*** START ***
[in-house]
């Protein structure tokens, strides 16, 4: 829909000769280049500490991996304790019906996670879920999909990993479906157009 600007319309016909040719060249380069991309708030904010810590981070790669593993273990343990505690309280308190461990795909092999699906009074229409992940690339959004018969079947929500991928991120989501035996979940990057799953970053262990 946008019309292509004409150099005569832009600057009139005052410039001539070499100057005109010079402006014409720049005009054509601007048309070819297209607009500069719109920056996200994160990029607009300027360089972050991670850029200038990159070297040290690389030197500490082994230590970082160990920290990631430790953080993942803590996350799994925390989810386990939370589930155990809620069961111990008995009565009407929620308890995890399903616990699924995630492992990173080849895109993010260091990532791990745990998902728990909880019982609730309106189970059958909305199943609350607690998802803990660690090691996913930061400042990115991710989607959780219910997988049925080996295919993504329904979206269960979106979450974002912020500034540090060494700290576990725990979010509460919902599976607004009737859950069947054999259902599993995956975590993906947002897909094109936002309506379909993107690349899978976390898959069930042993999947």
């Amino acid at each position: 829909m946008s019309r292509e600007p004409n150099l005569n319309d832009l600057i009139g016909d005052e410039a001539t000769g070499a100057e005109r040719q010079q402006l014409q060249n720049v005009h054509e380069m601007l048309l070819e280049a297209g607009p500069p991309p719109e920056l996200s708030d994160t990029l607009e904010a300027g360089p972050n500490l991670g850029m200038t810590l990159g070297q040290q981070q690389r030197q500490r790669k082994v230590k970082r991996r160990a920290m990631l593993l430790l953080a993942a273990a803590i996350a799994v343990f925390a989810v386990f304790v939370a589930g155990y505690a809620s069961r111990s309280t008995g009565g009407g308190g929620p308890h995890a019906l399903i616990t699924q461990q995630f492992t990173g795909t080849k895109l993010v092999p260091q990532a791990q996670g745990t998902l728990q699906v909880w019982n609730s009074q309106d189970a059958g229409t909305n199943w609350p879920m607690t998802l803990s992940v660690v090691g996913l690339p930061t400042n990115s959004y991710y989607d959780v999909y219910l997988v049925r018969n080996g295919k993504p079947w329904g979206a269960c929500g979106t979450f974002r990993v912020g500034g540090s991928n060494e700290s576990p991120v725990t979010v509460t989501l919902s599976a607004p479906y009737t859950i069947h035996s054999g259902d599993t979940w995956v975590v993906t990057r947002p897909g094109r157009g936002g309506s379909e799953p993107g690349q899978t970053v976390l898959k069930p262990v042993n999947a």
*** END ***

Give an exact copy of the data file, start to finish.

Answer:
[in-house]
């Protein structure tokens, strides 16, 4: 829909000769280049500490991996304790019906996670879920999909990993479906157009 600007319309016909040719060249380069991309708030904010810590981070790669593993273990343990505690309280308190461990795909092999699906009074229409992940690339959004018969079947929500991928991120989501035996979940990057799953970053262990 946008019309292509004409150099005569832009600057009139005052410039001539070499100057005109010079402006014409720049005009054509601007048309070819297209607009500069719109920056996200994160990029607009300027360089972050991670850029200038990159070297040290690389030197500490082994230590970082160990920290990631430790953080993942803590996350799994925390989810386990939370589930155990809620069961111990008995009565009407929620308890995890399903616990699924995630492992990173080849895109993010260091990532791990745990998902728990909880019982609730309106189970059958909305199943609350607690998802803990660690090691996913930061400042990115991710989607959780219910997988049925080996295919993504329904979206269960979106979450974002912020500034540090060494700290576990725990979010509460919902599976607004009737859950069947054999259902599993995956975590993906947002897909094109936002309506379909993107690349899978976390898959069930042993999947």
């Amino acid at each position: 829909m946008s019309r292509e600007p004409n150099l005569n319309d832009l600057i009139g016909d005052e410039a001539t000769g070499a100057e005109r040719q010079q402006l014409q060249n720049v005009h054509e380069m601007l048309l070819e280049a297209g607009p500069p991309p719109e920056l996200s708030d994160t990029l607009e904010a300027g360089p972050n500490l991670g850029m200038t810590l990159g070297q040290q981070q690389r030197q500490r790669k082994v230590k970082r991996r160990a920290m990631l593993l430790l953080a993942a273990a803590i996350a799994v343990f925390a989810v386990f304790v939370a589930g155990y505690a809620s069961r111990s309280t008995g009565g009407g308190g929620p308890h995890a019906l399903i616990t699924q461990q995630f492992t990173g795909t080849k895109l993010v092999p260091q990532a791990q996670g745990t998902l728990q699906v909880w019982n609730s009074q309106d189970a059958g229409t909305n199943w609350p879920m607690t998802l803990s992940v660690v090691g996913l690339p930061t400042n990115s959004y991710y989607d959780v999909y219910l997988v049925r018969n080996g295919k993504p079947w329904g979206a269960c929500g979106t979450f974002r990993v912020g500034g540090s991928n060494e700290s576990p991120v725990t979010v509460t989501l919902s599976a607004p479906y009737t859950i069947h035996s054999g259902d599993t979940w995956v975590v993906t990057r947002p897909g094109r157009g936002g309506s379909e799953p993107g690349q899978t970053v976390l898959k069930p262990v042993n999947a």